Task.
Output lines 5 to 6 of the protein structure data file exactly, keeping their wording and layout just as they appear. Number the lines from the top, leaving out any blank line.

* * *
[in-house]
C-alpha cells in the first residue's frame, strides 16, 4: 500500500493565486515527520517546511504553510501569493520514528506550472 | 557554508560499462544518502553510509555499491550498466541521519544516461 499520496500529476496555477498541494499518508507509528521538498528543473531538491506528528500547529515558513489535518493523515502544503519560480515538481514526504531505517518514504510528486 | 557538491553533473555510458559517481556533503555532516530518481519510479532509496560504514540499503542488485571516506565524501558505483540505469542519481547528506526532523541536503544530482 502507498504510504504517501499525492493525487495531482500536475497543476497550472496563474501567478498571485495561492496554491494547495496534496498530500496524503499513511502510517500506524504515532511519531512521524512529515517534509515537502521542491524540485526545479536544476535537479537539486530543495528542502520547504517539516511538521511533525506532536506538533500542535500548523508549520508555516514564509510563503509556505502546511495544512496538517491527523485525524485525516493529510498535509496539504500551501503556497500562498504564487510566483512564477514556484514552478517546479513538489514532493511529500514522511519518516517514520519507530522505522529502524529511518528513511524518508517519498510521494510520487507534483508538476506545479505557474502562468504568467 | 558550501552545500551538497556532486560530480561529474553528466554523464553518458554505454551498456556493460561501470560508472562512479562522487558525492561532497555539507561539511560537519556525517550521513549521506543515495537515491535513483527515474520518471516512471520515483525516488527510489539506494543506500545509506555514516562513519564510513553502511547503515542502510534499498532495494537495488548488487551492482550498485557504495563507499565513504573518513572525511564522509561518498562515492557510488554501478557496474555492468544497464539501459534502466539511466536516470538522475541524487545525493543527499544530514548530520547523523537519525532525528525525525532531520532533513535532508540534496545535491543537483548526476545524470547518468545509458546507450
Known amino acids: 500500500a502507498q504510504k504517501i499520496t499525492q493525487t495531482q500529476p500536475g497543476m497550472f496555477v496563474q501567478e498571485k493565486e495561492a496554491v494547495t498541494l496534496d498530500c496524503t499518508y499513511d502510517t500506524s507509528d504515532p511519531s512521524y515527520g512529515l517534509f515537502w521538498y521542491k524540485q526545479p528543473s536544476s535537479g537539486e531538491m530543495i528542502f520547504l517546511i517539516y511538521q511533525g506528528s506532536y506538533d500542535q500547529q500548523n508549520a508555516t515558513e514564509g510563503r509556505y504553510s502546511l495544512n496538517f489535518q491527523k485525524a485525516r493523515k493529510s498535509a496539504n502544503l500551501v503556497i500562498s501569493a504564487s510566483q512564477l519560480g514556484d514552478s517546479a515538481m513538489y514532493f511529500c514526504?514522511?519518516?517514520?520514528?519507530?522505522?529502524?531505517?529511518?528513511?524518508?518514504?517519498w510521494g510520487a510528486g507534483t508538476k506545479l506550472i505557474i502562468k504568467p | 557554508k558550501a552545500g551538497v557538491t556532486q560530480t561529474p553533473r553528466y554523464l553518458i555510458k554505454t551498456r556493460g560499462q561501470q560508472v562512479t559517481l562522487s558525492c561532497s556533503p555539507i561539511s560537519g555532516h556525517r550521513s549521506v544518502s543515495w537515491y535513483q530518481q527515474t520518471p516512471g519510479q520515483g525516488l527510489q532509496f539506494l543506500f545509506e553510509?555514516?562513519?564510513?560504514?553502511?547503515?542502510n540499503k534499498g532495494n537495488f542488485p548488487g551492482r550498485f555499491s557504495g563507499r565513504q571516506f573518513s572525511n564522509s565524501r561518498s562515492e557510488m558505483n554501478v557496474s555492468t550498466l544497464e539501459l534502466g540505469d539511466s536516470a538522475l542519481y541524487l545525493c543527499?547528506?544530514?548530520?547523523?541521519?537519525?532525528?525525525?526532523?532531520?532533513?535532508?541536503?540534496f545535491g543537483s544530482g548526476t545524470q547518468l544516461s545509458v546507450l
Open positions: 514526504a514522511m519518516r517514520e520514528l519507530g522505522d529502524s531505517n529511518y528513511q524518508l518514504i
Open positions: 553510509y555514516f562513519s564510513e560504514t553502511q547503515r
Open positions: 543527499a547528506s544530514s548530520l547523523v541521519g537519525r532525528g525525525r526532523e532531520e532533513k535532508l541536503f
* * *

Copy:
Open positions: 553510509y555514516f562513519s564510513e560504514t553502511q547503515r
Open positions: 543527499a547528506s544530514s548530520l547523523v541521519g537519525r532525528g525525525r526532523e532531520e532533513k535532508l541536503f